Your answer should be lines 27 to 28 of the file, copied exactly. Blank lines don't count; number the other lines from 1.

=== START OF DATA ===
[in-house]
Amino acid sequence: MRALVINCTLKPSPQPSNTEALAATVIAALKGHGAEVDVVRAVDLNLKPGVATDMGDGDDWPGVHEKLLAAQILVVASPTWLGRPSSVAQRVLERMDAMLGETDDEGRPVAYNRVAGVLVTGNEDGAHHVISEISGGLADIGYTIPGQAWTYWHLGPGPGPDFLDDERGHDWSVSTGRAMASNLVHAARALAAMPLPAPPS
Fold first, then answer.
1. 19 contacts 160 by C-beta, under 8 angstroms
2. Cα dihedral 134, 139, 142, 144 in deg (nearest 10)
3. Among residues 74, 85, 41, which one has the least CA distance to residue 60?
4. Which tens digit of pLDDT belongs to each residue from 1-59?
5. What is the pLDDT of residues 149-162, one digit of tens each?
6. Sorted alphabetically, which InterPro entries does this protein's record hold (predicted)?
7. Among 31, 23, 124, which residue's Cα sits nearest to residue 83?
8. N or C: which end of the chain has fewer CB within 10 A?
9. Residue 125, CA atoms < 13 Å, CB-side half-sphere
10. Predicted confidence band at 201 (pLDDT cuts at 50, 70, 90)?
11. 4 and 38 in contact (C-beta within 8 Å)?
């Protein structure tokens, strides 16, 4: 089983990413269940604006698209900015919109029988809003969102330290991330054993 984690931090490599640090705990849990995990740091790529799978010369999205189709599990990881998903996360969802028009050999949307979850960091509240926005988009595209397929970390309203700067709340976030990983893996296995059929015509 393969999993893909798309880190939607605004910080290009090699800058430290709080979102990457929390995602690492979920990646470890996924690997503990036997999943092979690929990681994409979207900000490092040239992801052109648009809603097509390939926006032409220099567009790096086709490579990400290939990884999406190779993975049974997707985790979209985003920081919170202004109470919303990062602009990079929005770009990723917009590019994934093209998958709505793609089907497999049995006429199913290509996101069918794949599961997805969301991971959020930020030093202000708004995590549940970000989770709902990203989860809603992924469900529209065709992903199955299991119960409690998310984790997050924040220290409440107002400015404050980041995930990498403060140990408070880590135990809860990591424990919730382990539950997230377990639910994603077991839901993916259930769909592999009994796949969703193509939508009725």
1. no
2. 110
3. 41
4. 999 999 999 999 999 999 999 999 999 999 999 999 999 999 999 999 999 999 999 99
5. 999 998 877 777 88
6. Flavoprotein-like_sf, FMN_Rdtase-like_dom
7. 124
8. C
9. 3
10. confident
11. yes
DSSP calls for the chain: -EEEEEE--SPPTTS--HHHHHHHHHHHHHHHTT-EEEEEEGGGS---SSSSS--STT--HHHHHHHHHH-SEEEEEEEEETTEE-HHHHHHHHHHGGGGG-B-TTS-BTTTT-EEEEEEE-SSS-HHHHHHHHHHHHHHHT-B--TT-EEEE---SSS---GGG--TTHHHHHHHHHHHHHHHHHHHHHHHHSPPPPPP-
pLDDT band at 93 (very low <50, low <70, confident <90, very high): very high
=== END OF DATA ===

DSSP calls for the chain: -EEEEEE--SPPTTS--HHHHHHHHHHHHHHHTT-EEEEEEGGGS---SSSSS--STT--HHHHHHHHHH-SEEEEEEEEETTEE-HHHHHHHHHHGGGGG-B-TTS-BTTTT-EEEEEEE-SSS-HHHHHHHHHHHHHHHT-B--TT-EEEE---SSS---GGG--TTHHHHHHHHHHHHHHHHHHHHHHHHSPPPPPP-
pLDDT band at 93 (very low <50, low <70, confident <90, very high): very high